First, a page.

Selection of Danubian Celts Silver Tetradrachms


A fine selection of Celtic silver tetradrachms from the Danube region imitating the coinage of Alexander the Great. The obverse features the profile bust of Herakles facing right and wearing the Nemean lion-skin headdress, depicted in a crude style. The reverse presents the image of Zeus seated to the left on a throne, holding an eagle in his right hand and a sceptre in his left.

INDIVIDUALLY PRICED. Please note this is a general lot and individual selection is not available.

Weight of the coins varies between 15.06g to 15.94g.

Diameter of the coins varies between 2.8cm to 2.9cm.

Date: Circa 3rd-2nd century BC
Condition: Fine condition.

In stock

SKU: CY-191 Category: Tags: , , ,

From the early 5th fifth century BC, the Celtic tribes ruled much of Europe. They clashed with the Etruscans, Romans, and Greeks in wars, and fought as mercenaries under Philip II and Alexander the Great when they first encountered coins as payments. Soon, the Celts began to strike their own coins in the beginning of the 3rd century BC. They initially issued copies of Greek, Roman and other currencies and later modified the foreign designs according to their own taste and fashion.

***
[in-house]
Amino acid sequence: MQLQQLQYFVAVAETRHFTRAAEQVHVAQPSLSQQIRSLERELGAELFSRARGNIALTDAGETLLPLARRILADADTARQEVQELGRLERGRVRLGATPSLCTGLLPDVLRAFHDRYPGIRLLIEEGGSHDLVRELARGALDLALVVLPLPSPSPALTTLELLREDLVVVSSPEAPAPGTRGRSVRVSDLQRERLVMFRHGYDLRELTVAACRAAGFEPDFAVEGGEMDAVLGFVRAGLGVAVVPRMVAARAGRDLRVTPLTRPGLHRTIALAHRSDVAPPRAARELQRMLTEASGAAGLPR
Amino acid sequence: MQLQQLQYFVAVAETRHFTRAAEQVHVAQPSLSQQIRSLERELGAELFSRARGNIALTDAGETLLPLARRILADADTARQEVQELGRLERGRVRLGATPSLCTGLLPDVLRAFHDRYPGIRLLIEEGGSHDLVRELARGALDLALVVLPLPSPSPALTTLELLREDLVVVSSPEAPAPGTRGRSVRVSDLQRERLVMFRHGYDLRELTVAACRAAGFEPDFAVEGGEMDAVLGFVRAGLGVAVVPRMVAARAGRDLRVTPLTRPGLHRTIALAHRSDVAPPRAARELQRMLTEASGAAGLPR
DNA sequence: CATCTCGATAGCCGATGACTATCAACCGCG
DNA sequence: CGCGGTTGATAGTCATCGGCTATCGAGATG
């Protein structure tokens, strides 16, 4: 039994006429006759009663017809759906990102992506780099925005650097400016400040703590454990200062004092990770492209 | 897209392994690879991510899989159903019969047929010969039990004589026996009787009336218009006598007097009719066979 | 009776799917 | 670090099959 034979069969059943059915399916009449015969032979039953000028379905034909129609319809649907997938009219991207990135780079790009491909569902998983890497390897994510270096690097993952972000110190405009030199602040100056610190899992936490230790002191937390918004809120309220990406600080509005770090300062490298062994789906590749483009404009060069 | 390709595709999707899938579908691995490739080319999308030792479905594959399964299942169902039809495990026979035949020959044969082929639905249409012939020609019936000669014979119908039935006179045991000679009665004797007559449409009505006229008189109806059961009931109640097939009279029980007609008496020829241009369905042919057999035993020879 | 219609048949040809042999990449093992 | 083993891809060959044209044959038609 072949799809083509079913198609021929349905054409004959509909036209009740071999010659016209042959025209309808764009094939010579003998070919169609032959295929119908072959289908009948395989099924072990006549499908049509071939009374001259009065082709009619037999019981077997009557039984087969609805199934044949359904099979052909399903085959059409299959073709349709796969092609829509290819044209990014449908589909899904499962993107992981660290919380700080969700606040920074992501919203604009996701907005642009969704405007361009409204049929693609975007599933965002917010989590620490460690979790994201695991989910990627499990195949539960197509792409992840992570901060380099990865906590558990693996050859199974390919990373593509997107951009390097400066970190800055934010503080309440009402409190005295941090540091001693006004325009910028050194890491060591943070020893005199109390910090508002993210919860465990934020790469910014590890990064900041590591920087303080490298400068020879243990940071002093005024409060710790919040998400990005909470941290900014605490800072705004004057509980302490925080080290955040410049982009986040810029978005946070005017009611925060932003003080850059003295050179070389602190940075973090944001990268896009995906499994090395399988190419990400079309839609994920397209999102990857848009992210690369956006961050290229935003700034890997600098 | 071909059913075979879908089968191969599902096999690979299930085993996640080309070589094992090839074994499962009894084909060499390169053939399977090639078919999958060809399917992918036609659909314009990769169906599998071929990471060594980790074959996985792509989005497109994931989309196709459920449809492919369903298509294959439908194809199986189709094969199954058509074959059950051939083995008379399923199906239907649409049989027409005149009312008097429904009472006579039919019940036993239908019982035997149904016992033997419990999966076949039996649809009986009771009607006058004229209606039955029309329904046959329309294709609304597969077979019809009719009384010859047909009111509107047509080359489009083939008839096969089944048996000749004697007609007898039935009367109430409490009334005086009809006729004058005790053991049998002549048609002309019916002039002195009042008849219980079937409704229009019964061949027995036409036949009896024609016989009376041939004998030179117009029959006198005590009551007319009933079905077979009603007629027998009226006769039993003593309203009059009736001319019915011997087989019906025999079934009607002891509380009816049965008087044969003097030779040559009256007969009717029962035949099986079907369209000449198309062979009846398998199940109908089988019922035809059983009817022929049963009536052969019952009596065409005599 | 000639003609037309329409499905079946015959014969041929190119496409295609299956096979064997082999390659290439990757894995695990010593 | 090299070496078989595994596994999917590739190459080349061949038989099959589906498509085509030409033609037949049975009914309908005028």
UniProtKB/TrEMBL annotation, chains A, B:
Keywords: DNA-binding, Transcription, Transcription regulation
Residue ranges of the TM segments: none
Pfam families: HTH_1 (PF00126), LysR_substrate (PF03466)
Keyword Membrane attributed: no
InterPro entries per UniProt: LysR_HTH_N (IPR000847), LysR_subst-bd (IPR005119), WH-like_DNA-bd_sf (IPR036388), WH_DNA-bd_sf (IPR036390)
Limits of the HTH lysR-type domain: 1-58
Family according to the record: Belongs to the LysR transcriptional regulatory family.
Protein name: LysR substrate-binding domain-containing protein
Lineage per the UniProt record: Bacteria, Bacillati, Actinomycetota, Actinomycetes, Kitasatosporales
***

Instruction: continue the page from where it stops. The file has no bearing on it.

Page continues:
Alexander the Great was the legendary king of the Hellenistic Kingdom of Macedon. In just 10 years from his ascension to the throne, he built one of the largest empires of the Ancient World, as his kingdom stretched from the Adriatic Sea to the Indus River. His coins were spread all over the kingdom on his campaigns. The reputation and popularity guaranteed a wide acceptance of his coins as trade money at the time. As such, the coinage of Alexander the Great was a very popular design used by the Celtic tribes when they started striking their own coins.

Weight 15.94 g
Dimensions W 2.9 cm




Greek Mythology


Reference: For a similar item,The British Museum, item 1906,1103.128

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